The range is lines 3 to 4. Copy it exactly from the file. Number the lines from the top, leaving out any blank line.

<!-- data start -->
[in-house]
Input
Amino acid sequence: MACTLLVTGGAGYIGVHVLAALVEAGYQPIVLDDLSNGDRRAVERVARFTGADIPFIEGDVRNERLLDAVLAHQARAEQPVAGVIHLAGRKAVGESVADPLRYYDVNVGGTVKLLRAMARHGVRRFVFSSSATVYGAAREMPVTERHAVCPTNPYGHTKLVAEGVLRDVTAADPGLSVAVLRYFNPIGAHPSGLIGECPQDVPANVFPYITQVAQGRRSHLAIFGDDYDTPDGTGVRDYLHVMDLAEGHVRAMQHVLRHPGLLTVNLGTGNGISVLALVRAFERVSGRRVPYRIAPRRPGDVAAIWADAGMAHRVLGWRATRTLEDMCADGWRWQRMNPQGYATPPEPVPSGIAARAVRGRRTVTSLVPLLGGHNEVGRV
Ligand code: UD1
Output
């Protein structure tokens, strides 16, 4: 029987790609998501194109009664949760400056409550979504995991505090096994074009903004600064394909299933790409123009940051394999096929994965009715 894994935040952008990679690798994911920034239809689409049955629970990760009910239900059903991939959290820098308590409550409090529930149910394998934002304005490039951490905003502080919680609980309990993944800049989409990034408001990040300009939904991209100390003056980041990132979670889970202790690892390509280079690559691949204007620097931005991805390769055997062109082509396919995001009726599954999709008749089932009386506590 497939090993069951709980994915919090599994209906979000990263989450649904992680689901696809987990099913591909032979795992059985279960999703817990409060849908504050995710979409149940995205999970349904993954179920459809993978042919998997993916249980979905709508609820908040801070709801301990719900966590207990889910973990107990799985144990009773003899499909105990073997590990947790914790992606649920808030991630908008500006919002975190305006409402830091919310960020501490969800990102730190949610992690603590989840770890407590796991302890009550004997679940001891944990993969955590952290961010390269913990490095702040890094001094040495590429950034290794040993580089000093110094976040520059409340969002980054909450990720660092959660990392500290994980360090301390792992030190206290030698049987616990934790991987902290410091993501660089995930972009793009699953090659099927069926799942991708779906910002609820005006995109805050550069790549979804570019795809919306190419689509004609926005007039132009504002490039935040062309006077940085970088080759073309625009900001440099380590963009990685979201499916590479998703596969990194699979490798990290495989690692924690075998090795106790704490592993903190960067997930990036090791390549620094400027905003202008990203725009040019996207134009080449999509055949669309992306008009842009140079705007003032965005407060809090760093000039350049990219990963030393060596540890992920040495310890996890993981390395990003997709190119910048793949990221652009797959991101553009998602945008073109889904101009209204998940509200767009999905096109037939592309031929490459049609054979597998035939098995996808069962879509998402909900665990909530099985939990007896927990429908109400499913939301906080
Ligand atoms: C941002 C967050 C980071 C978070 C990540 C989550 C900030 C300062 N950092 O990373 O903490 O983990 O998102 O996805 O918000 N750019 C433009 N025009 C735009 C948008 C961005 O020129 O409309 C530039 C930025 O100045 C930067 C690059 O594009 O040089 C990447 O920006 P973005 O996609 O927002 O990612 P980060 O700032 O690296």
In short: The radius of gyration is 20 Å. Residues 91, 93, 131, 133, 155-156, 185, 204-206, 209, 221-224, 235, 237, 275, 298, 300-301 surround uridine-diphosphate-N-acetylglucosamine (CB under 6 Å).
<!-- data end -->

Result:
Amino acid sequence: MACTLLVTGGAGYIGVHVLAALVEAGYQPIVLDDLSNGDRRAVERVARFTGADIPFIEGDVRNERLLDAVLAHQARAEQPVAGVIHLAGRKAVGESVADPLRYYDVNVGGTVKLLRAMARHGVRRFVFSSSATVYGAAREMPVTERHAVCPTNPYGHTKLVAEGVLRDVTAADPGLSVAVLRYFNPIGAHPSGLIGECPQDVPANVFPYITQVAQGRRSHLAIFGDDYDTPDGTGVRDYLHVMDLAEGHVRAMQHVLRHPGLLTVNLGTGNGISVLALVRAFERVSGRRVPYRIAPRRPGDVAAIWADAGMAHRVLGWRATRTLEDMCADGWRWQRMNPQGYATPPEPVPSGIAARAVRGRRTVTSLVPLLGGHNEVGRV
Ligand code: UD1